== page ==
The United Kingdom will leave the European Union on Friday after decades. Brexit fans celebrate that historic moment outside the British parliament and elsewhere in the country.
The festivities on Parliament Square in London are attended in the evening by, among others, politician Nigel Farage, who has worked for years to get his country out of the EU. To his disappointment, the famous Big Ben will not ring at the time of the Brexit. That would be too expensive because the clock tower is being renovated.
The government is having an exclusive 50 pence Brexit coin issued and projecting a clock in Downing Street. It counts down to the Brexit. Prime Minister Boris Johnson addresses the country at 10 p.m. local time. Numerous festive activities are also announced on the internet, from pub crawls to social gatherings.
After the referendum in 2016, the British had to wait more than three years for the Brexit: a political headache file that divided the country and led to the departure of two prime ministers, the conservatives David Cameron and Theresa May.
Prime Minister Johnson’s Conservative Party election victory put an end to political paralysis last month.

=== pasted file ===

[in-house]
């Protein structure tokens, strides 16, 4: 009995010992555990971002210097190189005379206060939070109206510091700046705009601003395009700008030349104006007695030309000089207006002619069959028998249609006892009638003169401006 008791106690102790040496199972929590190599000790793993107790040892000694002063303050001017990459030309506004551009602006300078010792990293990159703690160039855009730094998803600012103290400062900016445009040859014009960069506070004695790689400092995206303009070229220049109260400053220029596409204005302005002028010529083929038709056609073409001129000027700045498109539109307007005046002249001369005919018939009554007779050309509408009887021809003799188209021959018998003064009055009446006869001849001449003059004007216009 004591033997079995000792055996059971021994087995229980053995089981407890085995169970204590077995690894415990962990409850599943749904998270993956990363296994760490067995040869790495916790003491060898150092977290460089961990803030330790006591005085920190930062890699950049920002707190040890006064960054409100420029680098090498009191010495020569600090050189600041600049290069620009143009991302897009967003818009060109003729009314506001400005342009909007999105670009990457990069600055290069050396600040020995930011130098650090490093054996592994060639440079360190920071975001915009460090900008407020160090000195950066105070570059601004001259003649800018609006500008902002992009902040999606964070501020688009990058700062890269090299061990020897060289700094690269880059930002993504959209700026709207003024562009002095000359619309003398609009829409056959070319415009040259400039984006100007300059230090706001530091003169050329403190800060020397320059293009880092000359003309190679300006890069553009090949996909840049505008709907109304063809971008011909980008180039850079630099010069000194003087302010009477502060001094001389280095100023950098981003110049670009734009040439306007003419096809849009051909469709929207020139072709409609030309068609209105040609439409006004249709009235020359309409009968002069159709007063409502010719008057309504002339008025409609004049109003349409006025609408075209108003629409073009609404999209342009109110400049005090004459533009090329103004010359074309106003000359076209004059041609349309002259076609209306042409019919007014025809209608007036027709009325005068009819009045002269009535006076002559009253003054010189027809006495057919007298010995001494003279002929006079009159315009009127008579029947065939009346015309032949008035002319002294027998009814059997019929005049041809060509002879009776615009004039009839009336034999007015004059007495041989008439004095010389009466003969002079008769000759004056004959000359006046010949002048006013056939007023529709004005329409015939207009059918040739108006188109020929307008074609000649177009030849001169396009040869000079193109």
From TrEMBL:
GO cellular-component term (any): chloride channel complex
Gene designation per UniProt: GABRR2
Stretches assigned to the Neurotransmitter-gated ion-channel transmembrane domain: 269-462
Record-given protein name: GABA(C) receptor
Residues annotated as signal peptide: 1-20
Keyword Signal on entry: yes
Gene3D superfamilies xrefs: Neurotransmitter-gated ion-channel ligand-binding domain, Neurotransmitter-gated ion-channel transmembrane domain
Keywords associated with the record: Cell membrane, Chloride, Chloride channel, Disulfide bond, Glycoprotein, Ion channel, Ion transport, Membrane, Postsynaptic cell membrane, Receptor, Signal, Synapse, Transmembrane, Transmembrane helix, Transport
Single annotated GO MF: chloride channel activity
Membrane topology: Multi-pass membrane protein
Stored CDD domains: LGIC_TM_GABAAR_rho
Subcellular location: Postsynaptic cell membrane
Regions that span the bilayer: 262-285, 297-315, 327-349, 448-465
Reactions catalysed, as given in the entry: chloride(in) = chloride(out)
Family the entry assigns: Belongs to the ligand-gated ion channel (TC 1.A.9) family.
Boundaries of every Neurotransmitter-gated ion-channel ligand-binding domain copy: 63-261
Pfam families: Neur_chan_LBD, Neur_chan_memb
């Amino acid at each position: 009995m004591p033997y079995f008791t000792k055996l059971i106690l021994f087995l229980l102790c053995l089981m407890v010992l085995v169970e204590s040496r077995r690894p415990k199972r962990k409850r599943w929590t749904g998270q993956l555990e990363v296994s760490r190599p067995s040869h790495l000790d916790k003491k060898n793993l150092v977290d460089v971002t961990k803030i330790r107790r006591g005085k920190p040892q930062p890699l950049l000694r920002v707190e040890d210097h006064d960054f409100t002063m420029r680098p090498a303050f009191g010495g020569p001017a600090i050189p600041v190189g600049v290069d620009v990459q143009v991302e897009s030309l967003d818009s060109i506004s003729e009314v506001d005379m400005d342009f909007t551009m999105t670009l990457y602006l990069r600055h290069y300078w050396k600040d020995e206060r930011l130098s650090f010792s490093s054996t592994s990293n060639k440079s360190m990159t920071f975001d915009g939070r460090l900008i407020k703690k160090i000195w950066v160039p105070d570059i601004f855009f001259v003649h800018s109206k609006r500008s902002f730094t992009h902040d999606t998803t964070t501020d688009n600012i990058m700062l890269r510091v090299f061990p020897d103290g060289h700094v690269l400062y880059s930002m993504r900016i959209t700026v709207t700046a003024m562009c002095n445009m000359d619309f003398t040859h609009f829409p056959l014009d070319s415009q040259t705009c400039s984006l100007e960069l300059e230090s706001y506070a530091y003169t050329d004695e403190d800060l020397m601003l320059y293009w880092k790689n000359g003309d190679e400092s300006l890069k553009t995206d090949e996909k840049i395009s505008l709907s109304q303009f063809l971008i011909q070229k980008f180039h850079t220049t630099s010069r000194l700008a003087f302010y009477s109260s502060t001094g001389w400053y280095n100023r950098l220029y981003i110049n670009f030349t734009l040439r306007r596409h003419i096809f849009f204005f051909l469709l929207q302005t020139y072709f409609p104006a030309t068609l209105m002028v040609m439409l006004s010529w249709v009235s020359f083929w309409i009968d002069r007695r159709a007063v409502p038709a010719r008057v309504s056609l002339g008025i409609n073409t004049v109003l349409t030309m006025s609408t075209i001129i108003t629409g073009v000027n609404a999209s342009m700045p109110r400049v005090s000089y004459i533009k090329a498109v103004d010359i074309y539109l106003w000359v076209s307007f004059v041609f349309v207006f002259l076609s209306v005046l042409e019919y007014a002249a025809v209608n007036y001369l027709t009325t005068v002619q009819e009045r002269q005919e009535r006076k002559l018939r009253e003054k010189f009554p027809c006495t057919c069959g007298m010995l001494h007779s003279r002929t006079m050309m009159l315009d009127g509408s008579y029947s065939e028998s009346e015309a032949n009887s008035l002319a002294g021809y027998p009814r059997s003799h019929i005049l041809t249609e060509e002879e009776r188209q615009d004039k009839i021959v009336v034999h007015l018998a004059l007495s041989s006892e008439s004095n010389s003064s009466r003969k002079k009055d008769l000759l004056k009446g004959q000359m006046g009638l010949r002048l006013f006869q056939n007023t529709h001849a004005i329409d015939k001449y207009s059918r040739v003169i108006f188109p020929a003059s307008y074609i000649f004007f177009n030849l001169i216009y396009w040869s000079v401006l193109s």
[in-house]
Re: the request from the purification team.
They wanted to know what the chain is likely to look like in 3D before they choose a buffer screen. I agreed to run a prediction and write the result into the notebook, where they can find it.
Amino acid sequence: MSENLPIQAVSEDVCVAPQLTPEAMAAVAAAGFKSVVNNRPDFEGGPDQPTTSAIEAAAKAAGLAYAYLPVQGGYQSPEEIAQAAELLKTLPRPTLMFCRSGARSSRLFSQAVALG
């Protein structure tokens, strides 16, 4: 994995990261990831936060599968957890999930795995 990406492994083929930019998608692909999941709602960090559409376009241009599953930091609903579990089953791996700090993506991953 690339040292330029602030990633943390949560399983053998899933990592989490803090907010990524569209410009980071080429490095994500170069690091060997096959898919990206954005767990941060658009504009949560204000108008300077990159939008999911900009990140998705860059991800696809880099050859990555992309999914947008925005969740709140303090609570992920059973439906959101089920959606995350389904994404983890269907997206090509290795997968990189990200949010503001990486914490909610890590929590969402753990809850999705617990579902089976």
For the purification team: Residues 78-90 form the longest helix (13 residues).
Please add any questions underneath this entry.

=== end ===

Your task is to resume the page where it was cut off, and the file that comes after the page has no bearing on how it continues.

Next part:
Not everyone likes lavish festivities. Pro-European activists want to hold a demonstration at the Scottish Parliament in Edinburgh, which they call Missing EU Already.
The City of London is organizing an event for Londoners from other EU countries. They can go to the town hall for “emotional support” and for free advice from lawyers who specialize in immigration law.
The United Kingdom amalgamated the European Economic Community in 1973, the predecessor of the EU. With the departure of the British, the Union loses 66 million inhabitants and more than 5 percent of its total landmass.
The United Kingdom will remain bound by EU legislation until the end of this year. In the meantime, the future relationship is being negotiated.